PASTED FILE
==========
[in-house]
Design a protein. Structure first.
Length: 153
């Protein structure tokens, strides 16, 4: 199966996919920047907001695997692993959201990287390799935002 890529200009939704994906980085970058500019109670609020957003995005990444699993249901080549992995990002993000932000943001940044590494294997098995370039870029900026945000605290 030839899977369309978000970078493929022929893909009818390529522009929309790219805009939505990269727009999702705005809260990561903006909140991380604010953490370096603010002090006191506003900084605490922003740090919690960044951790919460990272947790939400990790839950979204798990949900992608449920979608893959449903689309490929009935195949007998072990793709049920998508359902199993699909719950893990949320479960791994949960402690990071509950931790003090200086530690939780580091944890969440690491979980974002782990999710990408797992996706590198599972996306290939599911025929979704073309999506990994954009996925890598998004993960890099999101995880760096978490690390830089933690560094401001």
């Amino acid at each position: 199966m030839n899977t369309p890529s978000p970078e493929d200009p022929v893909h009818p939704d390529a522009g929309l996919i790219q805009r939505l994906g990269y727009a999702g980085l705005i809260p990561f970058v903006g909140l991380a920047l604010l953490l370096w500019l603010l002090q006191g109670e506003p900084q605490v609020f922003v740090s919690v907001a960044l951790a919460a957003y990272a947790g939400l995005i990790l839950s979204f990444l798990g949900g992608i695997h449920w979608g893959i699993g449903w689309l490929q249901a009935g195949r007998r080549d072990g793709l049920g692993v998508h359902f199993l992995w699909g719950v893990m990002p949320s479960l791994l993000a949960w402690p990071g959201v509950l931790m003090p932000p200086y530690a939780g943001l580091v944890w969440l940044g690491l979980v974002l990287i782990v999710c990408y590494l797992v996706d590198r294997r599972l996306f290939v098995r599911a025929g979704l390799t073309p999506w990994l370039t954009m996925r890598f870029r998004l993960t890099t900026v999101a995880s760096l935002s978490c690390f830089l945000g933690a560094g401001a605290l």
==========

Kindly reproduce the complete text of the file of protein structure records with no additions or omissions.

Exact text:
[in-house]
Design a protein. Structure first.
Length: 153
């Protein structure tokens, strides 16, 4: 199966996919920047907001695997692993959201990287390799935002 890529200009939704994906980085970058500019109670609020957003995005990444699993249901080549992995990002993000932000943001940044590494294997098995370039870029900026945000605290 030839899977369309978000970078493929022929893909009818390529522009929309790219805009939505990269727009999702705005809260990561903006909140991380604010953490370096603010002090006191506003900084605490922003740090919690960044951790919460990272947790939400990790839950979204798990949900992608449920979608893959449903689309490929009935195949007998072990793709049920998508359902199993699909719950893990949320479960791994949960402690990071509950931790003090200086530690939780580091944890969440690491979980974002782990999710990408797992996706590198599972996306290939599911025929979704073309999506990994954009996925890598998004993960890099999101995880760096978490690390830089933690560094401001």
């Amino acid at each position: 199966m030839n899977t369309p890529s978000p970078e493929d200009p022929v893909h009818p939704d390529a522009g929309l996919i790219q805009r939505l994906g990269y727009a999702g980085l705005i809260p990561f970058v903006g909140l991380a920047l604010l953490l370096w500019l603010l002090q006191g109670e506003p900084q605490v609020f922003v740090s919690v907001a960044l951790a919460a957003y990272a947790g939400l995005i990790l839950s979204f990444l798990g949900g992608i695997h449920w979608g893959i699993g449903w689309l490929q249901a009935g195949r007998r080549d072990g793709l049920g692993v998508h359902f199993l992995w699909g719950v893990m990002p949320s479960l791994l993000a949960w402690p990071g959201v509950l931790m003090p932000p200086y530690a939780g943001l580091v944890w969440l940044g690491l979980v974002l990287i782990v999710c990408y590494l797992v996706d590198r294997r599972l996306f290939v098995r599911a025929g979704l390799t073309p999506w990994l370039t954009m996925r890598f870029r998004l993960t890099t900026v999101a995880s760096l935002s978490c690390f830089l945000g933690a560094g401001a605290l």